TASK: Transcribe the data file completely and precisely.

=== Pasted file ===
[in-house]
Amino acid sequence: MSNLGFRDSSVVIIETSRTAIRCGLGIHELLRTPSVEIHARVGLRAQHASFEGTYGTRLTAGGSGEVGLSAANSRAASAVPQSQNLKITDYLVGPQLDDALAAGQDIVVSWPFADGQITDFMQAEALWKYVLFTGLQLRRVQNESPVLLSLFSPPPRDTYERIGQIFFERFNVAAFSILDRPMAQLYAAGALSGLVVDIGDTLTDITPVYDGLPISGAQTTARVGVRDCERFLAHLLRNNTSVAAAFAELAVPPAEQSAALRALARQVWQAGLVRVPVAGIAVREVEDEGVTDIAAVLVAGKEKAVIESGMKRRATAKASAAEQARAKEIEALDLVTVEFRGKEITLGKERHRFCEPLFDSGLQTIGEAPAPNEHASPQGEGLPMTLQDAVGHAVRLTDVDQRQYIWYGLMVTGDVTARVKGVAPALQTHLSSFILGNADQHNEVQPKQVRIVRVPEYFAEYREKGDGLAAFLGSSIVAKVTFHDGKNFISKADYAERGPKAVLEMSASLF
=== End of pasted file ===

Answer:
[in-house]
Amino acid sequence: MSNLGFRDSSVVIIETSRTAIRCGLGIHELLRTPSVEIHARVGLRAQHASFEGTYGTRLTAGGSGEVGLSAANSRAASAVPQSQNLKITDYLVGPQLDDALAAGQDIVVSWPFADGQITDFMQAEALWKYVLFTGLQLRRVQNESPVLLSLFSPPPRDTYERIGQIFFERFNVAAFSILDRPMAQLYAAGALSGLVVDIGDTLTDITPVYDGLPISGAQTTARVGVRDCERFLAHLLRNNTSVAAAFAELAVPPAEQSAALRALARQVWQAGLVRVPVAGIAVREVEDEGVTDIAAVLVAGKEKAVIESGMKRRATAKASAAEQARAKEIEALDLVTVEFRGKEITLGKERHRFCEPLFDSGLQTIGEAPAPNEHASPQGEGLPMTLQDAVGHAVRLTDVDQRQYIWYGLMVTGDVTARVKGVAPALQTHLSSFILGNADQHNEVQPKQVRIVRVPEYFAEYREKGDGLAAFLGSSIVAKVTFHDGKNFISKADYAERGPKAVLEMSASLF